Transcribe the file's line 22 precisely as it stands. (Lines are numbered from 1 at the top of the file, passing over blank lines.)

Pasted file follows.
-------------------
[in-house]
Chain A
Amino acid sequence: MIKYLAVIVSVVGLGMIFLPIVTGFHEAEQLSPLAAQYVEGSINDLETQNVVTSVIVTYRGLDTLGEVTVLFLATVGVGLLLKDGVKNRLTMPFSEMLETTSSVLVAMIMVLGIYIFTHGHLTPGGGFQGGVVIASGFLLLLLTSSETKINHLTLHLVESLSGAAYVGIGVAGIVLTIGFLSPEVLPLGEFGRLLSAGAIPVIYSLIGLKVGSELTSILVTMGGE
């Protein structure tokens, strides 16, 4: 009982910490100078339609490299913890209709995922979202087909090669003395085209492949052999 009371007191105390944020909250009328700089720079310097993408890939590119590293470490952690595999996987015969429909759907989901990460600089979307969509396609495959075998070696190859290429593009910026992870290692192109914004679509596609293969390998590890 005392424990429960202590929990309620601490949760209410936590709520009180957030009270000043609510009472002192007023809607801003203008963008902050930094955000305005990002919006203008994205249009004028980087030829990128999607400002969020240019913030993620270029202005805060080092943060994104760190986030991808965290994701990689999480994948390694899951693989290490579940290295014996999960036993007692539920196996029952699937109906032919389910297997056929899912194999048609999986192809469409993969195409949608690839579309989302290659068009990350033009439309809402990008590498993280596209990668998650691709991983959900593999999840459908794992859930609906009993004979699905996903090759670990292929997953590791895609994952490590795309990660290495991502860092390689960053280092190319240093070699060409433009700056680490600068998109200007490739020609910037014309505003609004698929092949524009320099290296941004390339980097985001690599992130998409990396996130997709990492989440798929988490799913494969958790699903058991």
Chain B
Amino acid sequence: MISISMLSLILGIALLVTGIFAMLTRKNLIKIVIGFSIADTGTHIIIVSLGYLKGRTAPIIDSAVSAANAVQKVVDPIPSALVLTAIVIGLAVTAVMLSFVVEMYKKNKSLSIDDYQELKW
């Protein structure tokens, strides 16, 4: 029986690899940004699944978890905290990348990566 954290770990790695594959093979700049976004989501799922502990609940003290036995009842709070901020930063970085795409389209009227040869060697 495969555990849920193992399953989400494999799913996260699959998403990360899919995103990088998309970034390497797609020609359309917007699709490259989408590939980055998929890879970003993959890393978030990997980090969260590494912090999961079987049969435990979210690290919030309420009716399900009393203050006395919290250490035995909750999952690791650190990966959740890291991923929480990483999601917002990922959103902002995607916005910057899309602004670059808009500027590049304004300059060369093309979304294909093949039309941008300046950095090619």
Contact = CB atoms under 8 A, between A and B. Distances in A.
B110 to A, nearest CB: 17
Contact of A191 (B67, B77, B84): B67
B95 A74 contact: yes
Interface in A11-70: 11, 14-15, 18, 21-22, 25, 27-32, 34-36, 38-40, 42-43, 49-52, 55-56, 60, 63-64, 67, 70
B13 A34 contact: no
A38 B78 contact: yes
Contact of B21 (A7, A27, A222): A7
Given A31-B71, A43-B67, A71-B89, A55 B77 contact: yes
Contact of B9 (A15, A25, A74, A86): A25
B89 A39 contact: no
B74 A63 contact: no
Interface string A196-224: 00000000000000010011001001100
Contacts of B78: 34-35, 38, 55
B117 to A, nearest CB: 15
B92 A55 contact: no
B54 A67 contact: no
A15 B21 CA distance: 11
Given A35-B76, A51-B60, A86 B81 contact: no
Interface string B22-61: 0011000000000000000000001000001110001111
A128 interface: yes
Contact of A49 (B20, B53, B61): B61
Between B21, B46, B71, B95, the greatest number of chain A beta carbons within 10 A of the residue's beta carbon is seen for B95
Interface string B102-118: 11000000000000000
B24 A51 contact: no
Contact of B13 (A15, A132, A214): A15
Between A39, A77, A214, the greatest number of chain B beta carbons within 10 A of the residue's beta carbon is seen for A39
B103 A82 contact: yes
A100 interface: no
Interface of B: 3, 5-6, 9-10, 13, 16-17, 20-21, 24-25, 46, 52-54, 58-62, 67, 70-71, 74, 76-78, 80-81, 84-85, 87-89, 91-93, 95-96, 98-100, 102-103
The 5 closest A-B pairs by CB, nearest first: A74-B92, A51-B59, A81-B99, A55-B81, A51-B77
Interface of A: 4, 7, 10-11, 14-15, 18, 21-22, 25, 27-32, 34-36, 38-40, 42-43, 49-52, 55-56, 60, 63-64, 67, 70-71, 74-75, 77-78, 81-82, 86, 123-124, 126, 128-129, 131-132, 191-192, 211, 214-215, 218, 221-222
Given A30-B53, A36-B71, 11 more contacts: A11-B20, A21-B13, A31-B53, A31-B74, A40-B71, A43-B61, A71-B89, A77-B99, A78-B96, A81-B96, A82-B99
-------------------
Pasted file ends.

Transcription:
B117 to A, nearest CB: 15